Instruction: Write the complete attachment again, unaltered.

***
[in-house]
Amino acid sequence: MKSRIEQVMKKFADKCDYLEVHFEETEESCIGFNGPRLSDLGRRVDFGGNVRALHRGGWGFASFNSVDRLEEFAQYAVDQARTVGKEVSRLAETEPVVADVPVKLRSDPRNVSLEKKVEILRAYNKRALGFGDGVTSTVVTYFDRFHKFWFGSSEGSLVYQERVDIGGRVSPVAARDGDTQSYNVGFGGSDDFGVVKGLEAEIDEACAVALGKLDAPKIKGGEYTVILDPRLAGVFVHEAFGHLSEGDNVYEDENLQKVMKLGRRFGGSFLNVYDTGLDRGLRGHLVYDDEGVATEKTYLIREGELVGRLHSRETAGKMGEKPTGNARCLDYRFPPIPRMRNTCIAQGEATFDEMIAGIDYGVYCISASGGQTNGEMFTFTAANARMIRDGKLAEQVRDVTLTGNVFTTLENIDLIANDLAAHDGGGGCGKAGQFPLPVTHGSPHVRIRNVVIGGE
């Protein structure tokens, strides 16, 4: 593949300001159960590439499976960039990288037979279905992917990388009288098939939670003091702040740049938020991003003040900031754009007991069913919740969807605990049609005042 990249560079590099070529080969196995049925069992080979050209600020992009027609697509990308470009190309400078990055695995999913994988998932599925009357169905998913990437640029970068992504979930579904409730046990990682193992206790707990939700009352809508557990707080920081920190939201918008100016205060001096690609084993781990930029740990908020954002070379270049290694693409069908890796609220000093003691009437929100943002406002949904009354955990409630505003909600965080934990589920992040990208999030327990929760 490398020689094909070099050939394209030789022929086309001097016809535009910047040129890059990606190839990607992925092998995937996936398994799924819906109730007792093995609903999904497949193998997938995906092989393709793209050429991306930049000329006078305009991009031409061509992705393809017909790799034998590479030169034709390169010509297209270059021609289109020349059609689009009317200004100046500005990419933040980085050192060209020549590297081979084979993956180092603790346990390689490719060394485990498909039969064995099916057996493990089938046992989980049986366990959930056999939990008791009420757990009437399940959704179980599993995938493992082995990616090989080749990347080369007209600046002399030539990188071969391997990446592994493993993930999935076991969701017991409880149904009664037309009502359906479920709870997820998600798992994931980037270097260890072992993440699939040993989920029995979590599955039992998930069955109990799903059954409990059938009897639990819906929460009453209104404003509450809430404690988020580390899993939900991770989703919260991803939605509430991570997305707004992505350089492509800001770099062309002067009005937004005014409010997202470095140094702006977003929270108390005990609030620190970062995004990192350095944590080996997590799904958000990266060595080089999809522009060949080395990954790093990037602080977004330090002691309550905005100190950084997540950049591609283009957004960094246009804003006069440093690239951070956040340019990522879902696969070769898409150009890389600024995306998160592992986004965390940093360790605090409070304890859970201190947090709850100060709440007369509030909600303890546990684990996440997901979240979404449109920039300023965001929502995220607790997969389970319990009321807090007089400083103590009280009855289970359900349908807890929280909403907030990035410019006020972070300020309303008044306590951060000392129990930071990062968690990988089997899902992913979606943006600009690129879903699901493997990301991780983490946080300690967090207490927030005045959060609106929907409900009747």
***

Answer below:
[in-house]
Amino acid sequence: MKSRIEQVMKKFADKCDYLEVHFEETEESCIGFNGPRLSDLGRRVDFGGNVRALHRGGWGFASFNSVDRLEEFAQYAVDQARTVGKEVSRLAETEPVVADVPVKLRSDPRNVSLEKKVEILRAYNKRALGFGDGVTSTVVTYFDRFHKFWFGSSEGSLVYQERVDIGGRVSPVAARDGDTQSYNVGFGGSDDFGVVKGLEAEIDEACAVALGKLDAPKIKGGEYTVILDPRLAGVFVHEAFGHLSEGDNVYEDENLQKVMKLGRRFGGSFLNVYDTGLDRGLRGHLVYDDEGVATEKTYLIREGELVGRLHSRETAGKMGEKPTGNARCLDYRFPPIPRMRNTCIAQGEATFDEMIAGIDYGVYCISASGGQTNGEMFTFTAANARMIRDGKLAEQVRDVTLTGNVFTTLENIDLIANDLAAHDGGGGCGKAGQFPLPVTHGSPHVRIRNVVIGGE
């Protein structure tokens, strides 16, 4: 593949300001159960590439499976960039990288037979279905992917990388009288098939939670003091702040740049938020991003003040900031754009007991069913919740969807605990049609005042 990249560079590099070529080969196995049925069992080979050209600020992009027609697509990308470009190309400078990055695995999913994988998932599925009357169905998913990437640029970068992504979930579904409730046990990682193992206790707990939700009352809508557990707080920081920190939201918008100016205060001096690609084993781990930029740990908020954002070379270049290694693409069908890796609220000093003691009437929100943002406002949904009354955990409630505003909600965080934990589920992040990208999030327990929760 490398020689094909070099050939394209030789022929086309001097016809535009910047040129890059990606190839990607992925092998995937996936398994799924819906109730007792093995609903999904497949193998997938995906092989393709793209050429991306930049000329006078305009991009031409061509992705393809017909790799034998590479030169034709390169010509297209270059021609289109020349059609689009009317200004100046500005990419933040980085050192060209020549590297081979084979993956180092603790346990390689490719060394485990498909039969064995099916057996493990089938046992989980049986366990959930056999939990008791009420757990009437399940959704179980599993995938493992082995990616090989080749990347080369007209600046002399030539990188071969391997990446592994493993993930999935076991969701017991409880149904009664037309009502359906479920709870997820998600798992994931980037270097260890072992993440699939040993989920029995979590599955039992998930069955109990799903059954409990059938009897639990819906929460009453209104404003509450809430404690988020580390899993939900991770989703919260991803939605509430991570997305707004992505350089492509800001770099062309002067009005937004005014409010997202470095140094702006977003929270108390005990609030620190970062995004990192350095944590080996997590799904958000990266060595080089999809522009060949080395990954790093990037602080977004330090002691309550905005100190950084997540950049591609283009957004960094246009804003006069440093690239951070956040340019990522879902696969070769898409150009890389600024995306998160592992986004965390940093360790605090409070304890859970201190947090709850100060709440007369509030909600303890546990684990996440997901979240979404449109920039300023965001929502995220607790997969389970319990009321807090007089400083103590009280009855289970359900349908807890929280909403907030990035410019006020972070300020309303008044306590951060000392129990930071990062968690990988089997899902992913979606943006600009690129879903699901493997990301991780983490946080300690967090207490927030005045959060609106929907409900009747």